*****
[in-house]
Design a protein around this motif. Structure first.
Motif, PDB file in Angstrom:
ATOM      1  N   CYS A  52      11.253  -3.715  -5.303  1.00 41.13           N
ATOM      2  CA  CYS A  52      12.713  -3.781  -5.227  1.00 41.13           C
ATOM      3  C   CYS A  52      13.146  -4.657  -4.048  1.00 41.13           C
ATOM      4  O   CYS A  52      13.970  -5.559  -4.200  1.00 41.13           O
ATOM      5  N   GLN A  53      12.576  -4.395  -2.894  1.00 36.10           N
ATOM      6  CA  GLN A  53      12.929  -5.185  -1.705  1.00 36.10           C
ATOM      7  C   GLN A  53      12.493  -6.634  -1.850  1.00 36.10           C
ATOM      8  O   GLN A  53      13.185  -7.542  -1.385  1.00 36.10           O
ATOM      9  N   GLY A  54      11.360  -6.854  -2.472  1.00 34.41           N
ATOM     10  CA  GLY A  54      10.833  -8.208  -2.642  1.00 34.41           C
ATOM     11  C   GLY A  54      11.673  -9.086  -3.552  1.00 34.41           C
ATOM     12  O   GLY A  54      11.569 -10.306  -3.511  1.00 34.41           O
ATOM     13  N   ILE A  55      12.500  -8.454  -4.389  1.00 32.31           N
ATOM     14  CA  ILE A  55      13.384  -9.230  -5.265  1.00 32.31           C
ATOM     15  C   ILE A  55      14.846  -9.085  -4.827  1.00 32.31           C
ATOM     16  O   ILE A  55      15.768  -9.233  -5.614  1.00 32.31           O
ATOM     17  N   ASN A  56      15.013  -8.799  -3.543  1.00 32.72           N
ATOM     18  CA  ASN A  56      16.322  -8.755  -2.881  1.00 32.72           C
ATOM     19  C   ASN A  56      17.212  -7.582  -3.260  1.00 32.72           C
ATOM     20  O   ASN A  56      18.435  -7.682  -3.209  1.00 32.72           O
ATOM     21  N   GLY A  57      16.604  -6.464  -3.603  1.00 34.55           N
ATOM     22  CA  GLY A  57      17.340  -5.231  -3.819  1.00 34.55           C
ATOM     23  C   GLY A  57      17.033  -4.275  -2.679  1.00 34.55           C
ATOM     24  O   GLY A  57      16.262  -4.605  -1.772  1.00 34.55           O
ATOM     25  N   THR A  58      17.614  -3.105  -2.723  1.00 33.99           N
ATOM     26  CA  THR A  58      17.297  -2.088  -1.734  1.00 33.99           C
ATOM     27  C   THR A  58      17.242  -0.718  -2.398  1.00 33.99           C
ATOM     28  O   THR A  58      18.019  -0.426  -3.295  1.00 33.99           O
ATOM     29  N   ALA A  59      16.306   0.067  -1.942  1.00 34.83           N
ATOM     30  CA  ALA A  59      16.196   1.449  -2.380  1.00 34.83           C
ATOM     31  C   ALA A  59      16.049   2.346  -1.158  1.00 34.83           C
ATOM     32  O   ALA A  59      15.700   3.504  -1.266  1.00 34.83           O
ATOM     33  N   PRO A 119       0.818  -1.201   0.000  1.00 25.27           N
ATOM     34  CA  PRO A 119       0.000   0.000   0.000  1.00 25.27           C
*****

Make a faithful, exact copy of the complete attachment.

[in-house]
Design a protein around this motif. Structure first.
Motif, PDB file in Angstrom:
ATOM      1  N   CYS A  52      11.253  -3.715  -5.303  1.00 41.13           N
ATOM      2  CA  CYS A  52      12.713  -3.781  -5.227  1.00 41.13           C
ATOM      3  C   CYS A  52      13.146  -4.657  -4.048  1.00 41.13           C
ATOM      4  O   CYS A  52      13.970  -5.559  -4.200  1.00 41.13           O
ATOM      5  N   GLN A  53      12.576  -4.395  -2.894  1.00 36.10           N
ATOM      6  CA  GLN A  53      12.929  -5.185  -1.705  1.00 36.10           C
ATOM      7  C   GLN A  53      12.493  -6.634  -1.850  1.00 36.10           C
ATOM      8  O   GLN A  53      13.185  -7.542  -1.385  1.00 36.10           O
ATOM      9  N   GLY A  54      11.360  -6.854  -2.472  1.00 34.41           N
ATOM     10  CA  GLY A  54      10.833  -8.208  -2.642  1.00 34.41           C
ATOM     11  C   GLY A  54      11.673  -9.086  -3.552  1.00 34.41           C
ATOM     12  O   GLY A  54      11.569 -10.306  -3.511  1.00 34.41           O
ATOM     13  N   ILE A  55      12.500  -8.454  -4.389  1.00 32.31           N
ATOM     14  CA  ILE A  55      13.384  -9.230  -5.265  1.00 32.31           C
ATOM     15  C   ILE A  55      14.846  -9.085  -4.827  1.00 32.31           C
ATOM     16  O   ILE A  55      15.768  -9.233  -5.614  1.00 32.31           O
ATOM     17  N   ASN A  56      15.013  -8.799  -3.543  1.00 32.72           N
ATOM     18  CA  ASN A  56      16.322  -8.755  -2.881  1.00 32.72           C
ATOM     19  C   ASN A  56      17.212  -7.582  -3.260  1.00 32.72           C
ATOM     20  O   ASN A  56      18.435  -7.682  -3.209  1.00 32.72           O
ATOM     21  N   GLY A  57      16.604  -6.464  -3.603  1.00 34.55           N
ATOM     22  CA  GLY A  57      17.340  -5.231  -3.819  1.00 34.55           C
ATOM     23  C   GLY A  57      17.033  -4.275  -2.679  1.00 34.55           C
ATOM     24  O   GLY A  57      16.262  -4.605  -1.772  1.00 34.55           O
ATOM     25  N   THR A  58      17.614  -3.105  -2.723  1.00 33.99           N
ATOM     26  CA  THR A  58      17.297  -2.088  -1.734  1.00 33.99           C
ATOM     27  C   THR A  58      17.242  -0.718  -2.398  1.00 33.99           C
ATOM     28  O   THR A  58      18.019  -0.426  -3.295  1.00 33.99           O
ATOM     29  N   ALA A  59      16.306   0.067  -1.942  1.00 34.83           N
ATOM     30  CA  ALA A  59      16.196   1.449  -2.380  1.00 34.83           C
ATOM     31  C   ALA A  59      16.049   2.346  -1.158  1.00 34.83           C
ATOM     32  O   ALA A  59      15.700   3.504  -1.266  1.00 34.83           O
ATOM     33  N   PRO A 119       0.818  -1.201   0.000  1.00 25.27           N
ATOM     34  CA  PRO A 119       0.000   0.000   0.000  1.00 25.27           C